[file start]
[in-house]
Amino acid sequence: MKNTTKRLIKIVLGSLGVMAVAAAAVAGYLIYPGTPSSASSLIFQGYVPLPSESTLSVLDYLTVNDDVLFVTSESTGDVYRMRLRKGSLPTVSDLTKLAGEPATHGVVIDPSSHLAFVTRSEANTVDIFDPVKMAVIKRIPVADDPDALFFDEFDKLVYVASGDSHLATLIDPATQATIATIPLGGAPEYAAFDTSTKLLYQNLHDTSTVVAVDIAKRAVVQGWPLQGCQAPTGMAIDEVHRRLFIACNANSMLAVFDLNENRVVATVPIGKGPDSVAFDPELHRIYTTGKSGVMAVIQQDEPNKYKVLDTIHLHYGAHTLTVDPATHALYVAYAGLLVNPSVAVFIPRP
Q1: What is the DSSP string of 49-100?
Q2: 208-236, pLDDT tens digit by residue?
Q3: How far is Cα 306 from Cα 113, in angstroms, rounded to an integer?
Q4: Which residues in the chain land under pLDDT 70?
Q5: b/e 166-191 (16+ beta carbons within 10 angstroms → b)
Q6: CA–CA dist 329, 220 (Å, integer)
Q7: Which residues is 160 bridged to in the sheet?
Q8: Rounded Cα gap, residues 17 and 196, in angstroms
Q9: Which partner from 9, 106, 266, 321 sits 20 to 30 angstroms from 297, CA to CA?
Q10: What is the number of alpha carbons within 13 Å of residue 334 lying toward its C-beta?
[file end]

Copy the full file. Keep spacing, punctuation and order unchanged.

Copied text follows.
[in-house]
Amino acid sequence: MKNTTKRLIKIVLGSLGVMAVAAAAVAGYLIYPGTPSSASSLIFQGYVPLPSESTLSVLDYLTVNDDVLFVTSESTGDVYRMRLRKGSLPTVSDLTKLAGEPATHGVVIDPSSHLAFVTRSEANTVDIFDPVKMAVIKRIPVADDPDALFFDEFDKLVYVASGDSHLATLIDPATQATIATIPLGGAPEYAAFDTSTKLLYQNLHDTSTVVAVDIAKRAVVQGWPLQGCQAPTGMAIDEVHRRLFIACNANSMLAVFDLNENRVVATVPIGKGPDSVAFDPELHRIYTTGKSGVMAVIQQDEPNKYKVLDTIHLHYGAHTLTVDPATHALYVAYAGLLVNPSVAVFIPRP
Q1: What is the DSSP string of 49-100?
Q2: 208-236, pLDDT tens digit by residue?
Q3: How far is Cα 306 from Cα 113, in angstroms, rounded to an integer?
Q4: Which residues in the chain land under pLDDT 70?
Q5: b/e 166-191 (16+ beta carbons within 10 angstroms → b)
Q6: CA–CA dist 329, 220 (Å, integer)
Q7: Which residues is 160 bridged to in the sheet?
Q8: Rounded Cα gap, residues 17 and 196, in angstroms
Q9: Which partner from 9, 106, 266, 321 sits 20 to 30 angstroms from 297, CA to CA?
Q10: What is the number of alpha carbons within 13 Å of residue 334 lying toward its C-beta?